by Klaus Schroiff, published July 2019
If you like (classic-)cars you may know the statement that there’s no substitution for engine displacement but more displacement. It is quite similar with lenses actually – there’s no substitution for speed but more speed – and the fastest lenses around are usually in the f/1.2-f/1.4 range. So in the context of this review – meet the Sony FE 85mm f/1.4 GM – Sony’s professional-grade medium-tele prime lens. As the name implies, it is a member of the “GM” (G-Master) lineup thus it’s among the best of what Sony is offering today. Of course, this also means that you’ll suffer quite a bit when investing in such a lens. The typical price-tag hovers around the 1700USD/EUR mark. An 85mm f/1.4 is flexible regarding its application but it is most popular among portrait-/wedding photographers and wherever you’d like to isolate your main subject from its surroundings via a shallow depth-of-field.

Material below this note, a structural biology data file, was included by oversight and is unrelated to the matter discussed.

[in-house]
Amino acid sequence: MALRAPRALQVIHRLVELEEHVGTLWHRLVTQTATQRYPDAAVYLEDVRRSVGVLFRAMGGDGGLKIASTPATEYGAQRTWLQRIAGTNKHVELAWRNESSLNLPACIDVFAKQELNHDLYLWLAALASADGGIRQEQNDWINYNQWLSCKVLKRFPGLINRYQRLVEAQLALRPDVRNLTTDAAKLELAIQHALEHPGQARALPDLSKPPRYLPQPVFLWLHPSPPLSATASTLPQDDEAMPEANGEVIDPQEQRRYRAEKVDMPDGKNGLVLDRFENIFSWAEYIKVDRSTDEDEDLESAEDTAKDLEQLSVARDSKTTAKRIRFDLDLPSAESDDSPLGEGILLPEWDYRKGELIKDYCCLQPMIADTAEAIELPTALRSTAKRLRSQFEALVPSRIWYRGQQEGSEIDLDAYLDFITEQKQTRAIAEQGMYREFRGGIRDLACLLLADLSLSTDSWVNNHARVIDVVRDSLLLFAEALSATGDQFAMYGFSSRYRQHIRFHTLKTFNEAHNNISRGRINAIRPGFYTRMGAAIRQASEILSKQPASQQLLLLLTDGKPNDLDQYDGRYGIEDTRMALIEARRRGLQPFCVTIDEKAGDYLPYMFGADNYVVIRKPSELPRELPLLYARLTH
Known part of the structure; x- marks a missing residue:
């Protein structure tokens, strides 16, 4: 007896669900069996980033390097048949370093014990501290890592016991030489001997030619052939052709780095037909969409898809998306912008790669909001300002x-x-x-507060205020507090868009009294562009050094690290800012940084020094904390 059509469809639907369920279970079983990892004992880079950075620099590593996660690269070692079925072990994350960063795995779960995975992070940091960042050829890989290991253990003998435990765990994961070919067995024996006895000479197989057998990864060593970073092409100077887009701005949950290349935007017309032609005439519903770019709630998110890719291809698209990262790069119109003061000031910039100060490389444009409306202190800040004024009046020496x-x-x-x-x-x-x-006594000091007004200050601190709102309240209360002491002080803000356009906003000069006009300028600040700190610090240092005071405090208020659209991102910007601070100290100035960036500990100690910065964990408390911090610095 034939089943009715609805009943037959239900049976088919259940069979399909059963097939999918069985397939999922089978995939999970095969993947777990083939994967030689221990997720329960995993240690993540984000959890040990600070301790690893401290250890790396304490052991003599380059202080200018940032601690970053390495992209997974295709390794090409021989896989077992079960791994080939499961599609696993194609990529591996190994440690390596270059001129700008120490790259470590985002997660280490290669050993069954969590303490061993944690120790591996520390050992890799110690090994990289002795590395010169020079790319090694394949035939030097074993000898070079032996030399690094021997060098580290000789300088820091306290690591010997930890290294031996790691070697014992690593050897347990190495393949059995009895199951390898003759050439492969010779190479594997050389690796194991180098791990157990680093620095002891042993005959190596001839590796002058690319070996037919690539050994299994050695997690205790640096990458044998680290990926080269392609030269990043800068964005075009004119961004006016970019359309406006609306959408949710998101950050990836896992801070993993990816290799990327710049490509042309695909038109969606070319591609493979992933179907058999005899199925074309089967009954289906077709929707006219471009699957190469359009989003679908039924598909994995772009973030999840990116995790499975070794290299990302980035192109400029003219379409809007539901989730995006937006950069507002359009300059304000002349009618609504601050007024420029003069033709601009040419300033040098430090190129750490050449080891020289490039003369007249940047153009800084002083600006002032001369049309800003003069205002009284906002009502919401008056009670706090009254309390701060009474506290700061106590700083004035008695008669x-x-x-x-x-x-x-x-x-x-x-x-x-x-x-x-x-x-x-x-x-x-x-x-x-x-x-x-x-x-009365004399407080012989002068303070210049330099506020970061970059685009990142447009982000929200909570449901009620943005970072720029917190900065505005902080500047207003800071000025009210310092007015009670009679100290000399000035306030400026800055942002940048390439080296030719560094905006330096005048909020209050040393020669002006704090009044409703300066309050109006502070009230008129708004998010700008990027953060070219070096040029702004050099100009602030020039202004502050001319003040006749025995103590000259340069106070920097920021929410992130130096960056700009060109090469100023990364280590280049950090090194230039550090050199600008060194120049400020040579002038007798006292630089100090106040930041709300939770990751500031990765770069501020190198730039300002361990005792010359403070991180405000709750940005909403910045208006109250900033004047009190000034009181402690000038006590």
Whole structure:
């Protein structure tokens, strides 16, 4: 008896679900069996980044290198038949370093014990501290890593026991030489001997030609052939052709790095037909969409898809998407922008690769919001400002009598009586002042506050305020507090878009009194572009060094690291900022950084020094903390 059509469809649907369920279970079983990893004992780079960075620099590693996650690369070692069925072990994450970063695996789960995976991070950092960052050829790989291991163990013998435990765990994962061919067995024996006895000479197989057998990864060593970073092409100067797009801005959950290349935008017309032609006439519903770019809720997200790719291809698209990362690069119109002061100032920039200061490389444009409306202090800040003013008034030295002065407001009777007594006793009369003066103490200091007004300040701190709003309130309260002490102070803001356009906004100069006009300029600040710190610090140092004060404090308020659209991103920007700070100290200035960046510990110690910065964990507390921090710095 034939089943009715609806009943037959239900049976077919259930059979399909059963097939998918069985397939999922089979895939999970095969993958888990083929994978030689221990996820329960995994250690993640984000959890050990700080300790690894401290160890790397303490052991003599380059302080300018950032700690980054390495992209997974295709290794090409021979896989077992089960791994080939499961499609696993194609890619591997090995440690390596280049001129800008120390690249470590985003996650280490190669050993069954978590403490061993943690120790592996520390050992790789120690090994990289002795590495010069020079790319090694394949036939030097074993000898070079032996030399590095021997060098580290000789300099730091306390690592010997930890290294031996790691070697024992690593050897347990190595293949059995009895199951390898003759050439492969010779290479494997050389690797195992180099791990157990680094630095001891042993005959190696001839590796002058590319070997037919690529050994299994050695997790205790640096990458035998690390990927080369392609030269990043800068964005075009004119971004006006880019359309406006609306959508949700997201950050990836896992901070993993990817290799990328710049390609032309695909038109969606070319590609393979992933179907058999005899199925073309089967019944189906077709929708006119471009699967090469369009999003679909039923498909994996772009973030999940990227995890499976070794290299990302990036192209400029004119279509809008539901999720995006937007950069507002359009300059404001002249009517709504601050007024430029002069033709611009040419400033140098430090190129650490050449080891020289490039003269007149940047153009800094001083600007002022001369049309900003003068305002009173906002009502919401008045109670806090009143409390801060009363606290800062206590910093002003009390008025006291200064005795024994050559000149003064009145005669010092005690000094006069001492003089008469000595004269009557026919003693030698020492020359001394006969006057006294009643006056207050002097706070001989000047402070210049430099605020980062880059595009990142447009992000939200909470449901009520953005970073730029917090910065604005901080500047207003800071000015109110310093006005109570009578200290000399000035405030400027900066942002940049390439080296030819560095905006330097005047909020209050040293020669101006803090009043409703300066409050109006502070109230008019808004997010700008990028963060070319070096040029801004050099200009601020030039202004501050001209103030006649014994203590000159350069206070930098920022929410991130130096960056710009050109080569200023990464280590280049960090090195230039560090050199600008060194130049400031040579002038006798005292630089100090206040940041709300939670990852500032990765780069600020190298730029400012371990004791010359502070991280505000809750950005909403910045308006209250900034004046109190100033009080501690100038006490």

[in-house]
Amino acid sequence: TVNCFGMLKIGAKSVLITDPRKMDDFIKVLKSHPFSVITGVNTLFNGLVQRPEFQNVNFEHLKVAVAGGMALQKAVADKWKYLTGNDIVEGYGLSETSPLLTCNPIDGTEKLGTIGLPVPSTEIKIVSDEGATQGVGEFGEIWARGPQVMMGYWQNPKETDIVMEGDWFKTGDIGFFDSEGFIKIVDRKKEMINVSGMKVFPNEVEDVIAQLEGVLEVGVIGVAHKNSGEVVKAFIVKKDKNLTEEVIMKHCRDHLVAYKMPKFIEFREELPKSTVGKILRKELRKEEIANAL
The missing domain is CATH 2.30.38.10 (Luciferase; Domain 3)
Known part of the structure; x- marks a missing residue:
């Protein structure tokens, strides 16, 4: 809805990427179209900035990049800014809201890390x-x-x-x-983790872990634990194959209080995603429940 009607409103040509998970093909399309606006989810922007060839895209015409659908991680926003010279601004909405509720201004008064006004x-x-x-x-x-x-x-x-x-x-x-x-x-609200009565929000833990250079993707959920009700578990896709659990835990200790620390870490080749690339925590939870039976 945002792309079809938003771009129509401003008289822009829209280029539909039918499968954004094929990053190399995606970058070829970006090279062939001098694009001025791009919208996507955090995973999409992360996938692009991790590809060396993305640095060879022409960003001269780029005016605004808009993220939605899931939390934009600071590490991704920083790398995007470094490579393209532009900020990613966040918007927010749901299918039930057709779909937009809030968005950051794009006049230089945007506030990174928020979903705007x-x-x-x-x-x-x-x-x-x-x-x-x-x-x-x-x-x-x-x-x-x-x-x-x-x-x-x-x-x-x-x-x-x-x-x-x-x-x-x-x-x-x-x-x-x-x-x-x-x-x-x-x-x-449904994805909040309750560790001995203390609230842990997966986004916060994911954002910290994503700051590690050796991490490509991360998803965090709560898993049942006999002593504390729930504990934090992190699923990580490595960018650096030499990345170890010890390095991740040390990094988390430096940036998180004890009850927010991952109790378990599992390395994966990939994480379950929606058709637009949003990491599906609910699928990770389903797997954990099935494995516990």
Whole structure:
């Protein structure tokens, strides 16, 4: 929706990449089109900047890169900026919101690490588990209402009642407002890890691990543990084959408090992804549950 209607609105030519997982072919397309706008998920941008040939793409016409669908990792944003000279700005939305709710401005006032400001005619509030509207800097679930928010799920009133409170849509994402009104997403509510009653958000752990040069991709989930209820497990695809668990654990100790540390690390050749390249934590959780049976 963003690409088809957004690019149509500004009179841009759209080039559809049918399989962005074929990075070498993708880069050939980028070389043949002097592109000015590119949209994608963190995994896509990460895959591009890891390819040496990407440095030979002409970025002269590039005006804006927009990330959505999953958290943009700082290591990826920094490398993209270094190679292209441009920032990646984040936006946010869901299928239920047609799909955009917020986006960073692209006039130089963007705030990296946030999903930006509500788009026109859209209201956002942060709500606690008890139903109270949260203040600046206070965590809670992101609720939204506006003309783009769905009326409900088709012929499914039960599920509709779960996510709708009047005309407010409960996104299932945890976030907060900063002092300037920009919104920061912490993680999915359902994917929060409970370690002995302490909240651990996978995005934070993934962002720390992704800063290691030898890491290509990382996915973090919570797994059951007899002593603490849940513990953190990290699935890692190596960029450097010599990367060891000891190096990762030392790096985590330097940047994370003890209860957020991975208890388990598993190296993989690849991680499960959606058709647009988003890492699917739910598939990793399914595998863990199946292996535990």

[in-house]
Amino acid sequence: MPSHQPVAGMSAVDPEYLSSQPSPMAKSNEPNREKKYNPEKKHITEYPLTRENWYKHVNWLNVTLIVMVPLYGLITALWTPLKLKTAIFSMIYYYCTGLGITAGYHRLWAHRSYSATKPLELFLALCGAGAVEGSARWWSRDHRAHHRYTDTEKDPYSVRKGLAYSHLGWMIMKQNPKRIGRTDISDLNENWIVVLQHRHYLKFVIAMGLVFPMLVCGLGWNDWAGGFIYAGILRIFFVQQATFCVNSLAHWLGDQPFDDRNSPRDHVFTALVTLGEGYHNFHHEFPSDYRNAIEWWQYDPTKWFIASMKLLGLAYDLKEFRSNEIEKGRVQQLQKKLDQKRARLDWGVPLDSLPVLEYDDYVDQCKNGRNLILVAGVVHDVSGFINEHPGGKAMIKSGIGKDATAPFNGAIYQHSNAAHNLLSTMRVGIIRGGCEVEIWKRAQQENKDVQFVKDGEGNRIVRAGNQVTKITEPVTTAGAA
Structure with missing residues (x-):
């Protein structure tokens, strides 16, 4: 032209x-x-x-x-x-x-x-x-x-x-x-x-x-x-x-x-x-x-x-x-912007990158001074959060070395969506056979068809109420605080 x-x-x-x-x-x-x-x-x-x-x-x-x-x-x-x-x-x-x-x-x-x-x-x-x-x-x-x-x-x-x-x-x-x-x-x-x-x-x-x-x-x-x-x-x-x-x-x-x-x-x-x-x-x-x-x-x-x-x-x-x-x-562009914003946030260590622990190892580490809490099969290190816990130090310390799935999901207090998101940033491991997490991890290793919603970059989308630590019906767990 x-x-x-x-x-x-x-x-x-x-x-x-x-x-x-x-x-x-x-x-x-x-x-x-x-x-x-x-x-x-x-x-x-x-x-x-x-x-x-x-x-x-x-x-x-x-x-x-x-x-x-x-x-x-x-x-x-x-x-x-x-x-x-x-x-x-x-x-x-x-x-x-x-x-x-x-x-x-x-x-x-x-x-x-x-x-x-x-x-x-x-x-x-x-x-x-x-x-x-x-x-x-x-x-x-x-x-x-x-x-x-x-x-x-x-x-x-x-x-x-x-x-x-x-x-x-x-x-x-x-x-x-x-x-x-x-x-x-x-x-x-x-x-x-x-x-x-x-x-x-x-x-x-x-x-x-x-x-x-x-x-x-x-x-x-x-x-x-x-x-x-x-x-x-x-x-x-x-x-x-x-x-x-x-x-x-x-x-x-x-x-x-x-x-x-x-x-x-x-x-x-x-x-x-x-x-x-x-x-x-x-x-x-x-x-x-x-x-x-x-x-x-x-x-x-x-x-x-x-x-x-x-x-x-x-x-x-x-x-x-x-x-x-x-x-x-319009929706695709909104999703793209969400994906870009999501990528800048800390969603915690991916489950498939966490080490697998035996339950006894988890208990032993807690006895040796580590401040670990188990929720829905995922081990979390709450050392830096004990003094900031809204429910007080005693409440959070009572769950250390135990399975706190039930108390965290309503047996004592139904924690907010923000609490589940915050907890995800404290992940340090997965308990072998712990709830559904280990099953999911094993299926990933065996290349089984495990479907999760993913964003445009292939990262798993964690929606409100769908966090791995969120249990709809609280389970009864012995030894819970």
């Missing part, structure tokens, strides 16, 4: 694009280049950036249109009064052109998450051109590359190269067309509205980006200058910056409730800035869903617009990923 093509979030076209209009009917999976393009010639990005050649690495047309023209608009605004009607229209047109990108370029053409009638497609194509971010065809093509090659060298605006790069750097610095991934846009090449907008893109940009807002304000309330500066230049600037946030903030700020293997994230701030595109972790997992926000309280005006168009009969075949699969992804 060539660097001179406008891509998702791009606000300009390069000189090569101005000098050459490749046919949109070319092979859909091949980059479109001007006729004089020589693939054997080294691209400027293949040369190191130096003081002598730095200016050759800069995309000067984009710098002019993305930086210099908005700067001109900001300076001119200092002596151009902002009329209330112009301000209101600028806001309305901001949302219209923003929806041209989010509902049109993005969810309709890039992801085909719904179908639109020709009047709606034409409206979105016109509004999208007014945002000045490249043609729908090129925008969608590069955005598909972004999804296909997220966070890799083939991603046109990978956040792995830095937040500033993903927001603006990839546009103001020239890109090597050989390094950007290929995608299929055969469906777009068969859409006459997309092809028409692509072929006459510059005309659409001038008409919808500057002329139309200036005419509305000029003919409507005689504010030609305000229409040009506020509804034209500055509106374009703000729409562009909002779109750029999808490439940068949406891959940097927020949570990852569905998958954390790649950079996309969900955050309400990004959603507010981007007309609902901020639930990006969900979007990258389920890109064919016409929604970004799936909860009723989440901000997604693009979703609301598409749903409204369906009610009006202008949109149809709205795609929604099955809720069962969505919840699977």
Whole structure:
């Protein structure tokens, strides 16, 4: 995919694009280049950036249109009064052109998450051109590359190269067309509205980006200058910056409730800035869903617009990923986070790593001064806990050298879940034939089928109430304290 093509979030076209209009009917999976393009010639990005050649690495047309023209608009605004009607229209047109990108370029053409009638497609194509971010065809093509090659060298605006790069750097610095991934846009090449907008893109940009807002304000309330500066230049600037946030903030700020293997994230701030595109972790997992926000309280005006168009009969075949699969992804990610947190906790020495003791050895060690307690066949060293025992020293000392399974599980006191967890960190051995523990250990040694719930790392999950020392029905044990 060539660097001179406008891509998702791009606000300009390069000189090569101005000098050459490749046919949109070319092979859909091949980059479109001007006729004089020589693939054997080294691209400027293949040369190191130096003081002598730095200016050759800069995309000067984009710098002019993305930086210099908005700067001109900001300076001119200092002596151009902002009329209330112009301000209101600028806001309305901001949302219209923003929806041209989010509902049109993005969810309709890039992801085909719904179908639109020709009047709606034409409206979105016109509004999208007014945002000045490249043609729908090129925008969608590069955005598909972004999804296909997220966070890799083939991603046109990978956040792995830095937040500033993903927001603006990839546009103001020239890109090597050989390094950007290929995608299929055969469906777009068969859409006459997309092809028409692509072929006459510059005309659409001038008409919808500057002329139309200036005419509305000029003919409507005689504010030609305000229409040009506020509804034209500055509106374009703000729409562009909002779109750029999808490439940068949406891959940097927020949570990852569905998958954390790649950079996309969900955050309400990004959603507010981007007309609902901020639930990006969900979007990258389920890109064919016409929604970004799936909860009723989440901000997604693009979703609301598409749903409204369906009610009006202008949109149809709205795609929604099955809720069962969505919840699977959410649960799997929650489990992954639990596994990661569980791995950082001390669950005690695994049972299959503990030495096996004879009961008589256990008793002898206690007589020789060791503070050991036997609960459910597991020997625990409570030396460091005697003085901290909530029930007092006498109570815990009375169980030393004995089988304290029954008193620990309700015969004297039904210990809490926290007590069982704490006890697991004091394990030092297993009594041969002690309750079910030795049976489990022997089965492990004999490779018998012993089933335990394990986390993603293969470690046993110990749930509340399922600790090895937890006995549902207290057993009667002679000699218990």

In order to achieve the best possible optical results, Sony went a couple of extra miles with this lens. The optical design uses an aspherical element. This is often not a good idea when it comes to the rendition of the bokeh (out-of-focus blur) because it tends to have negative effects on out-of-focus highlights. However, Sony polished the element to a 0.01 micron surface precision in order to make sure that the highlights are as smooth as possible. The aperture features no less than 11 rounded elements and “Nano AR” coating is meant to minimize flare. Of course, the proof is in the pudding as we’ll see later on.